This page is designed to answer the following questions:
- 1.6 Sustainability in terms of resource management in adult care (Level 5 Diploma in Leadership and Management for Adult Care, Resource Management in Adult Care)
NOTE: This page has been quality assured for 2023 as per our Quality Assurance policy.
For this assessment criterion, you will be required to analyse the use of sustainable resources within adult services, with particular reference to your own service.
Sustainable development involves providing high-quality, personalised and cost-effective healthcare services whilst balancing positive social, economic and environmental outcomes both now and in the future.
For example, the Sustainable Development Management Plan for NHS England 2018-2020 contains several actions that the NHS will carry out as part of their day-to-day operations to ensure they “…meet the needs of the present, without compromising the needs of future generations”. These actions include reducing air pollution and waste as well as helping to address the disability employment gap and promoting healthy and balanced diets.
The ‘For a Greener NHS‘ initiative (formally the Sustainability Development Unit) produced a report entitled ‘Delivering a Net Zero NHS Service‘ which celebrates the progress that has been made by the NHS in reducing its carbon footprint. It also recognises that they are the largest employer in Britain and produce 4% of the nation’s carbon emissions and so sets out its commitment to tackling climate change.
These national initiatives may help you to identify areas of your own resource management that are currently sustainable or could be improved.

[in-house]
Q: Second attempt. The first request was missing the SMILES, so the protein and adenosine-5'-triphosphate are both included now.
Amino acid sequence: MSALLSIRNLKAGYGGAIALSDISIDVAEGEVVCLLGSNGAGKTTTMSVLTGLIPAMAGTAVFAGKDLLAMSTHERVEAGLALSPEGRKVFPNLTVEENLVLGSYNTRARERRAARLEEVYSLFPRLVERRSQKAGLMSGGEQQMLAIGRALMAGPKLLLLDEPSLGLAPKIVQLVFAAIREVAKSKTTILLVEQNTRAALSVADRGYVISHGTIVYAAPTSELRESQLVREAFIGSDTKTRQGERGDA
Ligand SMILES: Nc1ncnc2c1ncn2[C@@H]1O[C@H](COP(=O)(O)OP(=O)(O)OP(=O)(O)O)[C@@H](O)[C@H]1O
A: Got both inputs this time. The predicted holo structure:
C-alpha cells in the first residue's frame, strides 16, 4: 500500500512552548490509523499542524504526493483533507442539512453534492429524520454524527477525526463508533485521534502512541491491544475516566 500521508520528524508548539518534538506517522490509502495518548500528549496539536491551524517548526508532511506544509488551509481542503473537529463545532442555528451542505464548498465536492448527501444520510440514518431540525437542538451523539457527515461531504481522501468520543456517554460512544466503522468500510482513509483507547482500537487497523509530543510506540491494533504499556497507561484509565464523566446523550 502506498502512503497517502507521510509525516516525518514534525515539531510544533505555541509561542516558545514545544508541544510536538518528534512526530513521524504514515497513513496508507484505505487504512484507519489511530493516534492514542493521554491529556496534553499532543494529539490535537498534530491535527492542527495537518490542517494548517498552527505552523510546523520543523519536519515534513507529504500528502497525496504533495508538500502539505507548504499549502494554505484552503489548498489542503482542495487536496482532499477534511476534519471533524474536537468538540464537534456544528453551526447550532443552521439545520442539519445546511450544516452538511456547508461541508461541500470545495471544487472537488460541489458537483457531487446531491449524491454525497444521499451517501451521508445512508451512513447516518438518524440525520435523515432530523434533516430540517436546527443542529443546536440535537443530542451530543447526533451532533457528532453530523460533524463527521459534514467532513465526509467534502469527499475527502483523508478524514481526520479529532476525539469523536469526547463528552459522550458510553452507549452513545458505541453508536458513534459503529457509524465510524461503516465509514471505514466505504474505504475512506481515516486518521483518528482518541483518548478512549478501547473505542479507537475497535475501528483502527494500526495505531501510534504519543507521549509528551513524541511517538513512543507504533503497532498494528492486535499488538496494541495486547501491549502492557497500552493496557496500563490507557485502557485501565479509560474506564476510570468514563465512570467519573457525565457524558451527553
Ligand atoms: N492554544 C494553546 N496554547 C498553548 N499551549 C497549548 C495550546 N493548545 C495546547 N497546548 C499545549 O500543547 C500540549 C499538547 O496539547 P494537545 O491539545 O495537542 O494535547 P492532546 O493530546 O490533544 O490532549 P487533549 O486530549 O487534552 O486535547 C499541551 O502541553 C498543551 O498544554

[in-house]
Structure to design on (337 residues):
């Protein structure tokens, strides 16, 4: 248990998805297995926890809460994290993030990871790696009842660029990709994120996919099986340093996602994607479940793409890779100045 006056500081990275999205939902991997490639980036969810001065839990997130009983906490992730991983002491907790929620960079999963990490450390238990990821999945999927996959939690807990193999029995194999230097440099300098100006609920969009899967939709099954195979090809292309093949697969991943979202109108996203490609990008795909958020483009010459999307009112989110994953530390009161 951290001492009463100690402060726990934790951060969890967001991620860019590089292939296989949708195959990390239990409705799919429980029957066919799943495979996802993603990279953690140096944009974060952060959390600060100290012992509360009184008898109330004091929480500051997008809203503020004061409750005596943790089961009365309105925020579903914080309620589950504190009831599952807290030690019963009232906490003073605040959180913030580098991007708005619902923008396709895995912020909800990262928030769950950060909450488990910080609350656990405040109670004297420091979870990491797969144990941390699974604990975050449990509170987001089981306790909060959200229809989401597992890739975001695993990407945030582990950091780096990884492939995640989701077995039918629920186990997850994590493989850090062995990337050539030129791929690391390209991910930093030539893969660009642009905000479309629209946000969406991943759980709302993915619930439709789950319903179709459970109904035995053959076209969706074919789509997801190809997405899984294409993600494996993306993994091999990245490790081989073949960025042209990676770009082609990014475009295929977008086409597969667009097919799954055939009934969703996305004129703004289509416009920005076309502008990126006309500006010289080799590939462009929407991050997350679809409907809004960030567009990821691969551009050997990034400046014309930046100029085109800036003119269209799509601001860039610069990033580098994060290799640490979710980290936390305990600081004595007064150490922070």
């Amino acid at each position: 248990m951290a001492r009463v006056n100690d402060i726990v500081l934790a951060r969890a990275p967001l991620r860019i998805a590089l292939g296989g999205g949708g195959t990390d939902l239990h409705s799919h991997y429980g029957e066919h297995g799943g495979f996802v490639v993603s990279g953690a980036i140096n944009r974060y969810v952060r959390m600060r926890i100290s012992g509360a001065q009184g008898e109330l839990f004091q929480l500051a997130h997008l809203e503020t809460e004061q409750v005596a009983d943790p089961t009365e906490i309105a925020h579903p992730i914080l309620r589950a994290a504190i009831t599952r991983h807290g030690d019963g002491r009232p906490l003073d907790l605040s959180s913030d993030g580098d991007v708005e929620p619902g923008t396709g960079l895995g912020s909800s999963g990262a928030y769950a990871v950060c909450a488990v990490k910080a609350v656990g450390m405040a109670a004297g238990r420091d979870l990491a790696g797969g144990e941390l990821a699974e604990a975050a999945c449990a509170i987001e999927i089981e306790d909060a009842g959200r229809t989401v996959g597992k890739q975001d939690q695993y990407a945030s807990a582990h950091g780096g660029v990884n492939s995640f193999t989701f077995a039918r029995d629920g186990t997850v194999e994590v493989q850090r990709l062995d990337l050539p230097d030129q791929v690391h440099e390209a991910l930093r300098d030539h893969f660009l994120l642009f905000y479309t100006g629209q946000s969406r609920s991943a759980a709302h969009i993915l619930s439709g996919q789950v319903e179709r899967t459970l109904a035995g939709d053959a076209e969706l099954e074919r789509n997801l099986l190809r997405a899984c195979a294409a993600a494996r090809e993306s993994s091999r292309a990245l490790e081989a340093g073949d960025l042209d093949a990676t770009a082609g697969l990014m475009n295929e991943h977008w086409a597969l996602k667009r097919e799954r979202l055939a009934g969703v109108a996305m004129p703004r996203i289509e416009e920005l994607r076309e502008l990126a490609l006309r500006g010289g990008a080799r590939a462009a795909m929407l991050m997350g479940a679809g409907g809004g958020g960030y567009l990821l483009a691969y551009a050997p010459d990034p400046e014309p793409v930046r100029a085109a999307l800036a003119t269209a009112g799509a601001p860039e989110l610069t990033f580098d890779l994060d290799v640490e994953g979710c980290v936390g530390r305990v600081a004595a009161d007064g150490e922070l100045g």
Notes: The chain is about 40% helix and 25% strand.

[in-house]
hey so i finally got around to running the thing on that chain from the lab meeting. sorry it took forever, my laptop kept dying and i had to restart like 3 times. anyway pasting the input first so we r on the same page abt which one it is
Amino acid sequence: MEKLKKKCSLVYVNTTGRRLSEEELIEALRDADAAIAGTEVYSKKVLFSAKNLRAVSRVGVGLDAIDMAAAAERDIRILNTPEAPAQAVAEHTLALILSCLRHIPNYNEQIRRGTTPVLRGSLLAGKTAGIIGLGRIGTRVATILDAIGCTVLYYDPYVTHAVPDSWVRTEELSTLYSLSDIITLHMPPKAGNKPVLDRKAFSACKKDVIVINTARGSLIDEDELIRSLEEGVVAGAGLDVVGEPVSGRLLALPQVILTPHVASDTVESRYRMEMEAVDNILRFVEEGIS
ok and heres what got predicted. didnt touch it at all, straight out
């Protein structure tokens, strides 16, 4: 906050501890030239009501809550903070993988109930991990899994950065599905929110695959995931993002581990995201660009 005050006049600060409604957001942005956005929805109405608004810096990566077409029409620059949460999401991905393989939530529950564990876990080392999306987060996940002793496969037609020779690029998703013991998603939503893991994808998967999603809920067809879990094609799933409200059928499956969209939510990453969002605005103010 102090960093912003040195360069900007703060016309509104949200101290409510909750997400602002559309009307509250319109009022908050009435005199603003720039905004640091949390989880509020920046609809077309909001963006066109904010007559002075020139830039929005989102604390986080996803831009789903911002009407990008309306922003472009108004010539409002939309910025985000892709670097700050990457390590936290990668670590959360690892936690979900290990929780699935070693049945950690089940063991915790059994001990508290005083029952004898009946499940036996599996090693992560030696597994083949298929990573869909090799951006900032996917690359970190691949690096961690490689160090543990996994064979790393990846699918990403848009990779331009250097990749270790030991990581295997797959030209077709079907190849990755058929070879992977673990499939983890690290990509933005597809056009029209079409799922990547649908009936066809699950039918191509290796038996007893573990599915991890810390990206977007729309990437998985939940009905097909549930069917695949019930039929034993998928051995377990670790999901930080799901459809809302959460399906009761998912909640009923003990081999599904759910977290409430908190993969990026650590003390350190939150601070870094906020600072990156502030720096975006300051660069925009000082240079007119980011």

For example, you could reduce your own organisation’s carbon footprint by providing front-line employees with bicycles to travel between appointments. Of course, this has to be weighed against practicalities like the distance between appointments and cost implications but it may still be something to consider. Or you may invest in loft and cavity wall insulation for a residential home, which will result in cost savings in heating that will pay for itself after two years as well as reducing emissions. This care group drastically reduced the amount of unnecessary plastic used in their care homes.
Sustainability does not just refer to environmental factors – social and economic factors should be considered as well. For example, you may use community resources to support individuals to socialise, which may prevent mental health conditions as a result of isolation. This preventative approach may be far more cost-effective than a reactionary approach as well as reducing strain on care services in the wider context, whilst focusing on the well-being and quality of life of service users.